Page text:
It's been denounced by NATO, targeted by the FBI, and subjected to dozens of frenzied editorials. Targets as varied as Bank of America, Sony, the Justice Department, and the government of Egypt have felt its wrath. Its trademark symbols have appeared everywhere from the streets of Cairo to Occupy Wall Street to the Polish parliament. For a group that sprang organically from an Internet forum normally devoted to anime cartoons and cat videos, the amorphous hacker/prankster collective known as "Anonymous" has become a surprisingly potent actor in global politics. But to understand the forces that make the group tick, let's look back to a time before SOPA and the Arab Spring and consider the strange story of one "Agent Pubeit."
On Jan. 14, 2009, an 18-year-old man emerged shirtless from the New York City subway system and walked through Times Square, heading toward the Scientology center on West 46th Street. The man was about to become the face -- and hairy chest -- of the Anonymous movement. If his skin looked a bit shiny, this wasn't a trick of the light; "Agent Pubeit" had been slathered in petroleum jelly. Toenail clippings and piles of -- to put it delicately -- non-cranial hair had been carefully stuck all over his back, chest, and arms.
The effect was obscene -- but then, according to a sizable number of "Anons" -- so was the Church of Scientology. No longer content with the pure prankery of their early days, such as bombarding a California student with pornography and pizza deliveries for having the temerity to run a "No Cussing Club," Anonymous found in Scientology an adversary that provided a moralistic dimension for the group's antics. Anons argued that the church was, in fact, a dangerous cult that brainwashed its overcharged members and that its tax-exempt status should be revoked.
Throughout 2008, Anonymous's online campaign led to offline protests against Scientology around the world, in which the (mostly) young and (mostly) male Anons showed up with signs and wearing their signature Guy Fawkes masks from the movie V for Vendetta. Other Anons flooded the Scientology website with data, shutting it down for several days.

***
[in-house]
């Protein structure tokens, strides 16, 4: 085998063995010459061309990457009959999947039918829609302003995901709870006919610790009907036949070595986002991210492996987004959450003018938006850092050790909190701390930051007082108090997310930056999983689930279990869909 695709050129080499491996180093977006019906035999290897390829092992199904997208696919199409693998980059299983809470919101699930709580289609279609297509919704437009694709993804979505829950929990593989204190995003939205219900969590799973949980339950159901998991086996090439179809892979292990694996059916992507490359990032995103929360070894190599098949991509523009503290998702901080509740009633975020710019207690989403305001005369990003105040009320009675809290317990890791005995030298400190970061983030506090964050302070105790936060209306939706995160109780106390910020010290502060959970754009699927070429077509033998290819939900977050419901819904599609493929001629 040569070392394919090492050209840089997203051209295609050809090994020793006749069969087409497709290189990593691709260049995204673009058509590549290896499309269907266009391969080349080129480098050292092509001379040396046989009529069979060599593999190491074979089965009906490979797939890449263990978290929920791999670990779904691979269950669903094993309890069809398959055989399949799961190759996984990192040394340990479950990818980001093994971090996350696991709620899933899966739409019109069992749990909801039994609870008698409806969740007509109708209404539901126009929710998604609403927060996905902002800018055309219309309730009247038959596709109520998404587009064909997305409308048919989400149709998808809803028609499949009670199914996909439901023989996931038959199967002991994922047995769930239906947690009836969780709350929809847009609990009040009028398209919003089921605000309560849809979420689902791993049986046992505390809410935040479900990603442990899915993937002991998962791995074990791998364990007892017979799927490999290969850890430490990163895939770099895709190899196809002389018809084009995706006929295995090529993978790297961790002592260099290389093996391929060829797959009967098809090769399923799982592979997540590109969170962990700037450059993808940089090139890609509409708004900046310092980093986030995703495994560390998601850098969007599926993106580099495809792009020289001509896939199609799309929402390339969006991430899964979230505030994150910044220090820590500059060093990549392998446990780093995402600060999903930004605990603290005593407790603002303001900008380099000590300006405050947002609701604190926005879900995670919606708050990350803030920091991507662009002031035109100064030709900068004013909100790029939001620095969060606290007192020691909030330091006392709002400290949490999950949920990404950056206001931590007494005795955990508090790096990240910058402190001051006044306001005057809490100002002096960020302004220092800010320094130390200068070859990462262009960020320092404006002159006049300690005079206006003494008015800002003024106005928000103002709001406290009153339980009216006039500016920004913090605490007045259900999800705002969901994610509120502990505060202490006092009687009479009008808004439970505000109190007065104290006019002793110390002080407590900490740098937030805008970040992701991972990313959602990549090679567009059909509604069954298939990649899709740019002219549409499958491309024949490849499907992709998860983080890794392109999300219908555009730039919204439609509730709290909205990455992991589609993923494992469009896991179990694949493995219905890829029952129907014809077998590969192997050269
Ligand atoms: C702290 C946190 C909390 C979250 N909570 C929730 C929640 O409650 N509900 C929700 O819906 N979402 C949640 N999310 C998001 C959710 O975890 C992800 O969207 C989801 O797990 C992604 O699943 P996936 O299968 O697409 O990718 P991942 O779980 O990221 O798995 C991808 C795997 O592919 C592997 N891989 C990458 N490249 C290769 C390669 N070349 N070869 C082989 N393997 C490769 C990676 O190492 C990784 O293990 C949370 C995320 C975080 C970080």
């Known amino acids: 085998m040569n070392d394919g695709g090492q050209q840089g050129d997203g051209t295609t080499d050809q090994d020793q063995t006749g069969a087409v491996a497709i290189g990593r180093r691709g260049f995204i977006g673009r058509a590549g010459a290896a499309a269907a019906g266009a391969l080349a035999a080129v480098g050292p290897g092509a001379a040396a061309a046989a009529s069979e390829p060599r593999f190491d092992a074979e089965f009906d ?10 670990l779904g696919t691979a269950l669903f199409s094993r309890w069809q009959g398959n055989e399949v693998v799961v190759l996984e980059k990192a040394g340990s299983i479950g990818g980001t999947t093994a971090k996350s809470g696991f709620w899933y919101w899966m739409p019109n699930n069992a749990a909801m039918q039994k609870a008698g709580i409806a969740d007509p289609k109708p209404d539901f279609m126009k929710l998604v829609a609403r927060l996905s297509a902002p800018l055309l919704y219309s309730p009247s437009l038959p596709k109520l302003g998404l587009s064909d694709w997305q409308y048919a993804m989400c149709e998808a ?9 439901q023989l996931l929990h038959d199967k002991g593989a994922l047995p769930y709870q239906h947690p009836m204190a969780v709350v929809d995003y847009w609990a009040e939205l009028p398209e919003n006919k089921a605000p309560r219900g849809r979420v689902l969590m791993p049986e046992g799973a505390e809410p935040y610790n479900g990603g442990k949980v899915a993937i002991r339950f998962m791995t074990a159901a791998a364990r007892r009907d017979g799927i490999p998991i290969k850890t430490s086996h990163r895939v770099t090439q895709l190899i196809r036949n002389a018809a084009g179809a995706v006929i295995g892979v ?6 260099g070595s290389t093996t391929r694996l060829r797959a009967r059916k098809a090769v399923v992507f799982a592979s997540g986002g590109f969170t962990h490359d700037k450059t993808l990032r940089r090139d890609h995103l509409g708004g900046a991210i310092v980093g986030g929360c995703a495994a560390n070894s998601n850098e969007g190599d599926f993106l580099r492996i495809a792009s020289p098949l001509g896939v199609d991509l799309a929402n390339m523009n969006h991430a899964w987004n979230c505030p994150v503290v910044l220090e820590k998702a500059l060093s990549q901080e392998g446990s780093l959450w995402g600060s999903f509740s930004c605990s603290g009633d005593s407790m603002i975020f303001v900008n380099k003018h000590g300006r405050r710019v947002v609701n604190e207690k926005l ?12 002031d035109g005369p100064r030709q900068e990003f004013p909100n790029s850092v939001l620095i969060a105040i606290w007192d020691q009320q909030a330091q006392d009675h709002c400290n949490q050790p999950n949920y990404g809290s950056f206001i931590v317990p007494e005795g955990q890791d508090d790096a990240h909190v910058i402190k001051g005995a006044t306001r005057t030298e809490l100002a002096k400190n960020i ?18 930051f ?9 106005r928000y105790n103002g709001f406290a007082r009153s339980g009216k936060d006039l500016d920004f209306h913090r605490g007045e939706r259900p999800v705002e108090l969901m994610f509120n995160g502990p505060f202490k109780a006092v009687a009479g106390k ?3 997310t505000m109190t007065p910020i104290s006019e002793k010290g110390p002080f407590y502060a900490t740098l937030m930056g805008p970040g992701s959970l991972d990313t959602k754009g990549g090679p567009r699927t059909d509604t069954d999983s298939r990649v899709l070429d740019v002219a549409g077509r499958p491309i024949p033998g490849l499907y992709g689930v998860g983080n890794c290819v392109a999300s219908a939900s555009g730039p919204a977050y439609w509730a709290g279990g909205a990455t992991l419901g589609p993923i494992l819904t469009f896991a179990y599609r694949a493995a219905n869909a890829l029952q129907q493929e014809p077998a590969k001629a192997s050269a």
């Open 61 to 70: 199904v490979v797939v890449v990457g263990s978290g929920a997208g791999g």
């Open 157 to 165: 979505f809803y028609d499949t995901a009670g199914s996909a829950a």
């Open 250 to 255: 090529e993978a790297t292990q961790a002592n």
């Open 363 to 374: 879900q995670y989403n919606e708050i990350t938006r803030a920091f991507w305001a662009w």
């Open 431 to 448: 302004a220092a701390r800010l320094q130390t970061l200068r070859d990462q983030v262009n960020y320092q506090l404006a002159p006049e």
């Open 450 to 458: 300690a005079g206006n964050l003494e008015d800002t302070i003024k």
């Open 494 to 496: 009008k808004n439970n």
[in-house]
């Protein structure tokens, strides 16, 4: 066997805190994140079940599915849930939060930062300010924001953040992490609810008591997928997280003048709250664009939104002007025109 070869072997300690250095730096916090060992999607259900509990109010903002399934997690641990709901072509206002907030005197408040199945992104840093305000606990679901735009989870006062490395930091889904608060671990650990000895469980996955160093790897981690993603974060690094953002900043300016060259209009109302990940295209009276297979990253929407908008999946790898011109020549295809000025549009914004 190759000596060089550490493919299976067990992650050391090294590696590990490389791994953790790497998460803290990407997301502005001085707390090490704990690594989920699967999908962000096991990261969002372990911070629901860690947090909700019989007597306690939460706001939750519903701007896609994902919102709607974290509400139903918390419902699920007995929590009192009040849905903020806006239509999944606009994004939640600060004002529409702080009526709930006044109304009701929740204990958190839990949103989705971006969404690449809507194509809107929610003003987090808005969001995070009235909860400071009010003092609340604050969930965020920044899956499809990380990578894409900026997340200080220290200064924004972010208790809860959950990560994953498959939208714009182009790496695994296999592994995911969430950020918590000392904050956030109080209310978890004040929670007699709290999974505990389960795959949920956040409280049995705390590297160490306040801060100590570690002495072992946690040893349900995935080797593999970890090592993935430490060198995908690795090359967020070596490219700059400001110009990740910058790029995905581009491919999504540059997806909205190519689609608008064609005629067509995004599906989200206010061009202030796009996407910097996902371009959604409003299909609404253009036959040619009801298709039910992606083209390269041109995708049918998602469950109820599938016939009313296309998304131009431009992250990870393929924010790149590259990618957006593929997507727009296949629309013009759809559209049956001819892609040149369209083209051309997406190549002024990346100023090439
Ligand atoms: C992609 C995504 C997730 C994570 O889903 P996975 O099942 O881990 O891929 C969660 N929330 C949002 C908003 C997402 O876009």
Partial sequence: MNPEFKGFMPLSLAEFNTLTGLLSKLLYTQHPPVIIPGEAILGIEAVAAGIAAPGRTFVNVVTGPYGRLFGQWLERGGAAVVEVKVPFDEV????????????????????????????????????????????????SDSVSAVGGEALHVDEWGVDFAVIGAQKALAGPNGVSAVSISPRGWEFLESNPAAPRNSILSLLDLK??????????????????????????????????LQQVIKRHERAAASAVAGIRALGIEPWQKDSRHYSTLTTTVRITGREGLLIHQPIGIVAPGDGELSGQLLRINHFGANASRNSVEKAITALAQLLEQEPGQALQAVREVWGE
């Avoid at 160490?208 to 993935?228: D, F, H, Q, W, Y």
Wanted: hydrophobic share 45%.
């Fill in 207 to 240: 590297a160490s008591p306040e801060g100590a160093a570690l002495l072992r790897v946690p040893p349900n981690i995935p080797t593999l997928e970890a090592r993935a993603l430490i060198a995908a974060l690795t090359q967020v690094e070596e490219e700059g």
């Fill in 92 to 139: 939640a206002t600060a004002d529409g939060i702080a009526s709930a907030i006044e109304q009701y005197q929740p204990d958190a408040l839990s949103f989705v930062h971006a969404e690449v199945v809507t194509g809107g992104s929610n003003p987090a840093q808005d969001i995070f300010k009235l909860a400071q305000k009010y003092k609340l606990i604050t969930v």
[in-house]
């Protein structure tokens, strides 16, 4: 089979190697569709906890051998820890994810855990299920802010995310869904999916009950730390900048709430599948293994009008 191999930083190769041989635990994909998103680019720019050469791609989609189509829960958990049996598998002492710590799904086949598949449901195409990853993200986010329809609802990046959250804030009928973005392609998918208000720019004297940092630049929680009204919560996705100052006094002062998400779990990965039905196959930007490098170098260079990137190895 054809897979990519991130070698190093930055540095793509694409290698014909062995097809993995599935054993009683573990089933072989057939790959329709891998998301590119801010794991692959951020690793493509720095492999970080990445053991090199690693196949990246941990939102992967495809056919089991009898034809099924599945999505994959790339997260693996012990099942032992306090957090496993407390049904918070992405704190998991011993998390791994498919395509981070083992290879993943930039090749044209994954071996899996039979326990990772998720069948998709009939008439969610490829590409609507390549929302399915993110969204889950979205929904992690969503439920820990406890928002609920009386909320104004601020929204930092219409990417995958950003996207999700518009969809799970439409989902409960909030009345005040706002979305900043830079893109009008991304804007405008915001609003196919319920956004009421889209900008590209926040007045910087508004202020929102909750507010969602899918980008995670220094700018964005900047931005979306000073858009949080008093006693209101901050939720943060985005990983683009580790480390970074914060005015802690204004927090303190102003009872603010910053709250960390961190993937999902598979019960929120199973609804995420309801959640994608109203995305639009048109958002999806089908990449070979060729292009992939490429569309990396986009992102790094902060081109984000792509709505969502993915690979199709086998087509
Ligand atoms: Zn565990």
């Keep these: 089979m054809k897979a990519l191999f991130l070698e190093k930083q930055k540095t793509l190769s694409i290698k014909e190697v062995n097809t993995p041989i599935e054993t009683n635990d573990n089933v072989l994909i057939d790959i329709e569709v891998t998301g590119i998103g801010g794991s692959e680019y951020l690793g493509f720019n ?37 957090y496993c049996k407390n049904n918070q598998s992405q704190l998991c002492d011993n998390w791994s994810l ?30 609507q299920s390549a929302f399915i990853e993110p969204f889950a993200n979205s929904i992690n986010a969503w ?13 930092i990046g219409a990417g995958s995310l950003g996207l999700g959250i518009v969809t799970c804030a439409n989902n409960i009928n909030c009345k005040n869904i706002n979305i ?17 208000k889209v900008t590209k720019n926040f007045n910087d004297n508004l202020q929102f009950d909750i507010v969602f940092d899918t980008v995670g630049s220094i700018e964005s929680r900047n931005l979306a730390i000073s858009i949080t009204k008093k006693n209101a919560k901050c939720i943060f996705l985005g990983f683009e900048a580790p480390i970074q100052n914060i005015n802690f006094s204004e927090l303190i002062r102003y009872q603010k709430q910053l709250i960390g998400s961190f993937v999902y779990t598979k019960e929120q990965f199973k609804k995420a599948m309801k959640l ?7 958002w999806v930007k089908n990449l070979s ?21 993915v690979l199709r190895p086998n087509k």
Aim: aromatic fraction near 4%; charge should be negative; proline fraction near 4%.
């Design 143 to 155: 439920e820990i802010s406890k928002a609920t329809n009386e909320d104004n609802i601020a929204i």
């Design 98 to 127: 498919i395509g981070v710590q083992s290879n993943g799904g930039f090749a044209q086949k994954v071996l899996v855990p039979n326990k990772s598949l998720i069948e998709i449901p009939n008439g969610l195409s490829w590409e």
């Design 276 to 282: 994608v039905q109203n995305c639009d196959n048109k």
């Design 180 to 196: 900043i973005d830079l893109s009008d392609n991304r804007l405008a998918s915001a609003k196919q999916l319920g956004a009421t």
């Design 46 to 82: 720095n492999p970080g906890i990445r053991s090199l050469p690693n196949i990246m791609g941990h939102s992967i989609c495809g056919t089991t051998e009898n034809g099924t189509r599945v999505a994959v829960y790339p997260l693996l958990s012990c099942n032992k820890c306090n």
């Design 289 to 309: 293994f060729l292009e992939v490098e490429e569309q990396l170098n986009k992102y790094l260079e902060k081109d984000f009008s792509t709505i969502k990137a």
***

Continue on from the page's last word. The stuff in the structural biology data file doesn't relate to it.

But nothing could have prepared Scientology for Agent Pubeit, who entered the 46th Street center and began, in the immortal words of the New York Daily News, to "'desecrate' the Church of Scientology with a wacky weapon -- Vaseline." Agent Pubeit touched everything he could put his greasy body on and then walked out of the center and into Anonymous infamy. A fellow Anon had followed him through Midtown with a camera to record the inevitable YouTube video that would accompany his exploits; the clip has been viewed 164,000 times.
The broader campaign against Scientology garnered Anonymous its first mainstream media attention, but it was the Pubeit operation that perfectly embodied the group's schizophrenic embrace of both morality and pranksterism. Anonymous routinely veers sharply among earnest actions against censorship and repression, online vigilantism, outright cybercrime, and pranks -- the more outrageous, the better. When Fox News anchor Bill O'Reilly angered Anonymous in 2008, for instance, the group hacked his website in protest -- but the spat didn't end there. FBI documents released under the Freedom of Information Act show that some Anons couldn't resist using a credit card stolen in the attack to send "penile enlargement" products to one of the talkshow host's female fans; they then sent out pictures of -- in the FBI's own words -- "three men performing oral" to everyone in the woman's electronic address book.